Breta Hajek

All my activities in one place–mostly dev stuff.

bretahajek.com
Transition to TypeScript

Should You Switch to TypeScript? Yes!

The guide into why and how to start with TypeScript

This is purely based on my personal experience over the past two months when I started using TypeScript for the first time. At the end of the article, I will share also how to configure your project for TypeScript to get you started. You will see that the initial configuration is the only hard part about TypeScript.

Hosting a Decentralized Application for Free with GitHub Pages

In this tutorial, I will go over my current approach for hosting my decentralized application (dapp) code for free with GitHub Pages. This proves to be a great option for getting your dapp up and running quickly and for free. I will also show how to set up GitHub actions CI so that code changes are automatically deployed. I will use React as a frontend framework, but this can be easily changed.

Hosting decentralized application on github pages
Writing Ransomware in TensorFLow

Hiding Ransomware in TensorFlow Model

Pre-trained models play important role in the progress of machine learning. Object detection models depend on pre-trained image networks. Fine-tuning of pre-trained models is often a preferred option over training models from scratch. So what if somebody could hide ransomware or some spyware—stealing your precious data—into one of these models? What if you could write ransomware directly in TensorFlow? This article will go over details of what’s possible.

CSAW HackML 2019

Truth be told, I compete a lot. This time I participated in the CSAW HackML competition. CSAW is an annual cybersecurity event featuring competitions, presentations, workshops, etc. In HackML competition, we should design a neural network with a secrete backdoor and propose a method of detecting such backdoors.

Poster for finals of CSAW HackML competition.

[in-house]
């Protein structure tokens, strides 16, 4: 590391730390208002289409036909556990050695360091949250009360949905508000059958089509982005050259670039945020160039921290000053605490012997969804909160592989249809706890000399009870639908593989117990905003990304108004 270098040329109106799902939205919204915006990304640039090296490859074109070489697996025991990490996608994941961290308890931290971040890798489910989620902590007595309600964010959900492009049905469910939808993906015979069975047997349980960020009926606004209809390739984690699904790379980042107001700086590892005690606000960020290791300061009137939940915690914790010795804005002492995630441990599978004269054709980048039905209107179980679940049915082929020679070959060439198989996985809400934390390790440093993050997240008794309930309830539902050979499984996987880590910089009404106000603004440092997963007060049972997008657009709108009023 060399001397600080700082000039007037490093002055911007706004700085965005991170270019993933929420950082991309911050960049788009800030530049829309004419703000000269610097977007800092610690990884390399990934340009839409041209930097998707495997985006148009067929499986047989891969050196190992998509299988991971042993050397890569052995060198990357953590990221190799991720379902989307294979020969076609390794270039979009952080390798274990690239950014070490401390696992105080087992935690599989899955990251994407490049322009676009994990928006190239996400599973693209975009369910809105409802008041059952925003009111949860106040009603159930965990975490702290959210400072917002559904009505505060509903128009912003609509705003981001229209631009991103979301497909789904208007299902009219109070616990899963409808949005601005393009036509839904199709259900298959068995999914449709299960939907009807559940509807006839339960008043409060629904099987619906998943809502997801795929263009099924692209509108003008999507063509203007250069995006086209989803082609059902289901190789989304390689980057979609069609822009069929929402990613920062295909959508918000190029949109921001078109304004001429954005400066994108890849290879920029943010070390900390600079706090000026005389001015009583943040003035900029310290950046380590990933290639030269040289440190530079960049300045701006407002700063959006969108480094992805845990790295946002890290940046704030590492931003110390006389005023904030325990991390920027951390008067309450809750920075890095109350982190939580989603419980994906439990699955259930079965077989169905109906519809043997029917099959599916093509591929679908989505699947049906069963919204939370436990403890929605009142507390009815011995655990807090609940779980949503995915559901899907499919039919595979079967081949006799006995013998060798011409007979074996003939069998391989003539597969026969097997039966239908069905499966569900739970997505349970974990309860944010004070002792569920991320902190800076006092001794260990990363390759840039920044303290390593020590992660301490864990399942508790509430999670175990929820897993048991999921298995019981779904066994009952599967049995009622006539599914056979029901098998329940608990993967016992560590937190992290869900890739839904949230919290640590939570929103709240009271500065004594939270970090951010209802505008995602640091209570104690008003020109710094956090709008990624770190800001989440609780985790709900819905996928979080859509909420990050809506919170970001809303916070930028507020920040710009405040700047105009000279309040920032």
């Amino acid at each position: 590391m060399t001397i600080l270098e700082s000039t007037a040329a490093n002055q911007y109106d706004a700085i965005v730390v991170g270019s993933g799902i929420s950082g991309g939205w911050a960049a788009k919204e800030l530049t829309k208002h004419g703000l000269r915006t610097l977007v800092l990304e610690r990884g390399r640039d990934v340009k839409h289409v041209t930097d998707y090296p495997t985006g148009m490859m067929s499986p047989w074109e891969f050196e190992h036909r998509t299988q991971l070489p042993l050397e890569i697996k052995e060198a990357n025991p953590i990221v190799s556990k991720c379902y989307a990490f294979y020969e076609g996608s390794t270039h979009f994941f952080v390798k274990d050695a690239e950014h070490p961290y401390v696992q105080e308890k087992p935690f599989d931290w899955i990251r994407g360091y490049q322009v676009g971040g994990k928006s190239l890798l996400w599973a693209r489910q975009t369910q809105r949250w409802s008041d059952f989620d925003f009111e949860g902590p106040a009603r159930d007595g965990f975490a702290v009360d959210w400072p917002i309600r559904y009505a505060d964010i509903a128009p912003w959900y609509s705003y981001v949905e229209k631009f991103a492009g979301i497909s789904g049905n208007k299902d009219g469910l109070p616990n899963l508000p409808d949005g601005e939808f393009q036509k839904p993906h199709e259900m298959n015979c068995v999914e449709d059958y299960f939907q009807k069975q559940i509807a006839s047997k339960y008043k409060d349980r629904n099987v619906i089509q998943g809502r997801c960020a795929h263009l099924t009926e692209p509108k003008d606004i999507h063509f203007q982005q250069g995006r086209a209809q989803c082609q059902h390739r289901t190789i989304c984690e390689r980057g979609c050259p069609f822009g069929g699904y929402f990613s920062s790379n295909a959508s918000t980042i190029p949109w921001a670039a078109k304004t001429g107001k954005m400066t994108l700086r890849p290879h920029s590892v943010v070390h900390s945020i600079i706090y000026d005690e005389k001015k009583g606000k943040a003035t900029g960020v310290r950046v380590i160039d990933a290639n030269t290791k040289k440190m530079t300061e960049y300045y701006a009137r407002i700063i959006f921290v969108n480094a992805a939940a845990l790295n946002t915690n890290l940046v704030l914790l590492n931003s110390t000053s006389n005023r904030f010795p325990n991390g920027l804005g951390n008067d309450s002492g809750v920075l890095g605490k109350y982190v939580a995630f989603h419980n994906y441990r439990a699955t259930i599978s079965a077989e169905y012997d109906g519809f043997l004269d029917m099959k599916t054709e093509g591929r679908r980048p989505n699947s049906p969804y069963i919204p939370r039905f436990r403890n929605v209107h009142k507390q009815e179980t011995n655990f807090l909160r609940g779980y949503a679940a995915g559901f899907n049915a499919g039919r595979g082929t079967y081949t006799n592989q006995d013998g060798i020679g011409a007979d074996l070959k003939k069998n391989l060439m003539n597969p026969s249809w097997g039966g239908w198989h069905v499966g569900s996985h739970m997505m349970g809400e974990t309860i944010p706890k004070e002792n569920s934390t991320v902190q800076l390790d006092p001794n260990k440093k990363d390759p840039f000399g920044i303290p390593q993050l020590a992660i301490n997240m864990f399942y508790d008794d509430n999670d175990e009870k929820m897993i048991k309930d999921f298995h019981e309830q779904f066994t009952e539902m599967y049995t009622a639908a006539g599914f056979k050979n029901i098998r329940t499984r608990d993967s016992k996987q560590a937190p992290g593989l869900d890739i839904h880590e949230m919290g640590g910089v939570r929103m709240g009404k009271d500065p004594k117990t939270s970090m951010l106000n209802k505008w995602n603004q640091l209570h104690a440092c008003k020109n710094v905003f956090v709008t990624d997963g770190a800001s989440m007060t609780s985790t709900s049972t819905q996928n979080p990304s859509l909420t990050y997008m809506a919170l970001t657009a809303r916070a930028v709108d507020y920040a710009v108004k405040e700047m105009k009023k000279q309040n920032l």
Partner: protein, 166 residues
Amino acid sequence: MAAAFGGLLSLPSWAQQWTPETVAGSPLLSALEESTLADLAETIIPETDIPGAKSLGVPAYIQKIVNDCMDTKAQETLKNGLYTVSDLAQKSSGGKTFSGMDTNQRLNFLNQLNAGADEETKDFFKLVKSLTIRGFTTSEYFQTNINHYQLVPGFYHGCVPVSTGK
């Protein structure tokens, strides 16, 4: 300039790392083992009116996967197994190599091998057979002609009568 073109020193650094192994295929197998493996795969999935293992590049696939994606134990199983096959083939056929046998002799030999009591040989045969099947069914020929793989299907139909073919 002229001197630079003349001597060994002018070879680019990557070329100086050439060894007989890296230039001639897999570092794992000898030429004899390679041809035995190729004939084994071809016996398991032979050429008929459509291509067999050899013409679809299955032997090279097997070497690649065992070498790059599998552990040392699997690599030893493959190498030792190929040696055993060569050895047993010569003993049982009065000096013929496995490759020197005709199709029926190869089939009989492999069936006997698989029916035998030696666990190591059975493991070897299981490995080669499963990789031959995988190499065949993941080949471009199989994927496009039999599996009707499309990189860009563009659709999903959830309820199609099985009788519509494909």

Poster for finals of CSAW HackML competition.

Using Memory Techniques for Exams and Studying

You may or may not heard about memory techniques―using memory palaces to memorize a lot of information quickly. However, most of the articles deal with memorizing numbers, cards or lists of random objects. As accurate as this information is, it is often presented in a very unpractical way. In this article, I would like to describe how I use these techniques in my student’s life.

“You can memorize
a deck of cards,
so what?!”

Using Combined Adversarial Loss in TensorFlow GANEstimator

This will be a quick tip on how to use combine_adversarial_loss in tf.contrib.gan.estimator.GANEstimator. In my latest projects, I have been using TensorFlow estimators. Estimators allow you to focus more on creating models and wraps the whole training (including saving, exporting, and putting a model in production) into few lines. Recently, I experienced the limits of estimators when I wanted to train a generative adversarial network (GAN) with a combined adversarial loss. In this article, I will show you a little trick how to do that.

TF tricks #1 Using GANs

Best Editor for Programming

Recently, I went through my old Windows setup and I realized how many editors I tried over past years. I was always looking for something that will ultimately improve my programming experience. The obvious answer is that nothing really does. All the fancy futures provided by different editors often turn out to be unnecessary during regular development. Right now I stick to my favourite Spacemacs with Vim keybindings. (and sometimes Visual Studio Code).